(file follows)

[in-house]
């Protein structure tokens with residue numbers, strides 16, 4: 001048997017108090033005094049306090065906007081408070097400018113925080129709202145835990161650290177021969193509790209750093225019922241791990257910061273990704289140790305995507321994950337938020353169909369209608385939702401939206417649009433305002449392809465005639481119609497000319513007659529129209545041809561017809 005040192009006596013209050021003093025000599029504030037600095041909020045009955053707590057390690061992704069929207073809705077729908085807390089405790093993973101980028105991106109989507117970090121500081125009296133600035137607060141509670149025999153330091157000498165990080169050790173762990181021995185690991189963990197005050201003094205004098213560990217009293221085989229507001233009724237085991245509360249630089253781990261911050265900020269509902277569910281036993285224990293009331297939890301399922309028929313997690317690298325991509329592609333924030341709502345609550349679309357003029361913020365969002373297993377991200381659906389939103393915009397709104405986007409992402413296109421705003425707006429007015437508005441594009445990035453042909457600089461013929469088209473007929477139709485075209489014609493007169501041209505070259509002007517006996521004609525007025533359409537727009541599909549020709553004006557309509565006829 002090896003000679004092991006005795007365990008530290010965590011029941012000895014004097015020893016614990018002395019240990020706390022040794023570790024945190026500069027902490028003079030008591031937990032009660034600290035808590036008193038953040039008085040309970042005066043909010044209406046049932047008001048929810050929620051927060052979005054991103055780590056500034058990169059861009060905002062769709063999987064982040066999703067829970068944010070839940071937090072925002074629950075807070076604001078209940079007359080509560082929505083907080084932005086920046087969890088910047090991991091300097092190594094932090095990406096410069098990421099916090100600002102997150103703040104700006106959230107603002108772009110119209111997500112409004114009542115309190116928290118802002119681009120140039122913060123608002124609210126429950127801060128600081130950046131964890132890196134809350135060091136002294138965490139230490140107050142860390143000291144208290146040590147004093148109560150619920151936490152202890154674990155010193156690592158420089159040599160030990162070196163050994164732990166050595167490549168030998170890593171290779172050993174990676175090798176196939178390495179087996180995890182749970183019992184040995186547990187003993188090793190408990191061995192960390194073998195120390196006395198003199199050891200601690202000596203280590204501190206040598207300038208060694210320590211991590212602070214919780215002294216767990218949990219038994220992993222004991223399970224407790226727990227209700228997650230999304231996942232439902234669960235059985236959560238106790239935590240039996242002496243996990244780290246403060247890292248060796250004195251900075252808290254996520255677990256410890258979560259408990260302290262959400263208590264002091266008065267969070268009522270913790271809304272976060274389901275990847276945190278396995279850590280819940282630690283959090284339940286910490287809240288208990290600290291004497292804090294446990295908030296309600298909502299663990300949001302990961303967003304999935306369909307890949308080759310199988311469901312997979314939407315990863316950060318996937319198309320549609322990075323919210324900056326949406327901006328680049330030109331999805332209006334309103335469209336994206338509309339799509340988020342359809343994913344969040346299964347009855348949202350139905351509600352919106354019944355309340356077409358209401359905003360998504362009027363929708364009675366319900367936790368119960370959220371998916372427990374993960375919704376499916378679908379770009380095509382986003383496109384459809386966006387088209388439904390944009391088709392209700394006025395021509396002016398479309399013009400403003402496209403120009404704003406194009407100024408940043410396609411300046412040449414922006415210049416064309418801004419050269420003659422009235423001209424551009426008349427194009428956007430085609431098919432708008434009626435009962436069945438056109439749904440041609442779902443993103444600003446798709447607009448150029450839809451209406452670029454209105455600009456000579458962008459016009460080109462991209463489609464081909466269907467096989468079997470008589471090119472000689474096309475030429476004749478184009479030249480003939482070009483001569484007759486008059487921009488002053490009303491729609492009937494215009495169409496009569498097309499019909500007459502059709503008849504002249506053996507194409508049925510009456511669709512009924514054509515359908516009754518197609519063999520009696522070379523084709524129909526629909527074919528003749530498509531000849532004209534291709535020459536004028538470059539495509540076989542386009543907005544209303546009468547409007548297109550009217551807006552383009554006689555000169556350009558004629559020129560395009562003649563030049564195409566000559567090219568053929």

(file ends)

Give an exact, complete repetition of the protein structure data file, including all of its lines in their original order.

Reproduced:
[in-house]
């Protein structure tokens with residue numbers, strides 16, 4: 001048997017108090033005094049306090065906007081408070097400018113925080129709202145835990161650290177021969193509790209750093225019922241791990257910061273990704289140790305995507321994950337938020353169909369209608385939702401939206417649009433305002449392809465005639481119609497000319513007659529129209545041809561017809 005040192009006596013209050021003093025000599029504030037600095041909020045009955053707590057390690061992704069929207073809705077729908085807390089405790093993973101980028105991106109989507117970090121500081125009296133600035137607060141509670149025999153330091157000498165990080169050790173762990181021995185690991189963990197005050201003094205004098213560990217009293221085989229507001233009724237085991245509360249630089253781990261911050265900020269509902277569910281036993285224990293009331297939890301399922309028929313997690317690298325991509329592609333924030341709502345609550349679309357003029361913020365969002373297993377991200381659906389939103393915009397709104405986007409992402413296109421705003425707006429007015437508005441594009445990035453042909457600089461013929469088209473007929477139709485075209489014609493007169501041209505070259509002007517006996521004609525007025533359409537727009541599909549020709553004006557309509565006829 002090896003000679004092991006005795007365990008530290010965590011029941012000895014004097015020893016614990018002395019240990020706390022040794023570790024945190026500069027902490028003079030008591031937990032009660034600290035808590036008193038953040039008085040309970042005066043909010044209406046049932047008001048929810050929620051927060052979005054991103055780590056500034058990169059861009060905002062769709063999987064982040066999703067829970068944010070839940071937090072925002074629950075807070076604001078209940079007359080509560082929505083907080084932005086920046087969890088910047090991991091300097092190594094932090095990406096410069098990421099916090100600002102997150103703040104700006106959230107603002108772009110119209111997500112409004114009542115309190116928290118802002119681009120140039122913060123608002124609210126429950127801060128600081130950046131964890132890196134809350135060091136002294138965490139230490140107050142860390143000291144208290146040590147004093148109560150619920151936490152202890154674990155010193156690592158420089159040599160030990162070196163050994164732990166050595167490549168030998170890593171290779172050993174990676175090798176196939178390495179087996180995890182749970183019992184040995186547990187003993188090793190408990191061995192960390194073998195120390196006395198003199199050891200601690202000596203280590204501190206040598207300038208060694210320590211991590212602070214919780215002294216767990218949990219038994220992993222004991223399970224407790226727990227209700228997650230999304231996942232439902234669960235059985236959560238106790239935590240039996242002496243996990244780290246403060247890292248060796250004195251900075252808290254996520255677990256410890258979560259408990260302290262959400263208590264002091266008065267969070268009522270913790271809304272976060274389901275990847276945190278396995279850590280819940282630690283959090284339940286910490287809240288208990290600290291004497292804090294446990295908030296309600298909502299663990300949001302990961303967003304999935306369909307890949308080759310199988311469901312997979314939407315990863316950060318996937319198309320549609322990075323919210324900056326949406327901006328680049330030109331999805332209006334309103335469209336994206338509309339799509340988020342359809343994913344969040346299964347009855348949202350139905351509600352919106354019944355309340356077409358209401359905003360998504362009027363929708364009675366319900367936790368119960370959220371998916372427990374993960375919704376499916378679908379770009380095509382986003383496109384459809386966006387088209388439904390944009391088709392209700394006025395021509396002016398479309399013009400403003402496209403120009404704003406194009407100024408940043410396609411300046412040449414922006415210049416064309418801004419050269420003659422009235423001209424551009426008349427194009428956007430085609431098919432708008434009626435009962436069945438056109439749904440041609442779902443993103444600003446798709447607009448150029450839809451209406452670029454209105455600009456000579458962008459016009460080109462991209463489609464081909466269907467096989468079997470008589471090119472000689474096309475030429476004749478184009479030249480003939482070009483001569484007759486008059487921009488002053490009303491729609492009937494215009495169409496009569498097309499019909500007459502059709503008849504002249506053996507194409508049925510009456511669709512009924514054509515359908516009754518197609519063999520009696522070379523084709524129909526629909527074919528003749530498509531000849532004209534291709535020459536004028538470059539495509540076989542386009543907005544209303546009468547409007548297109550009217551807006552383009554006689555000169556350009558004629559020129560395009562003649563030049564195409566000559567090219568053929």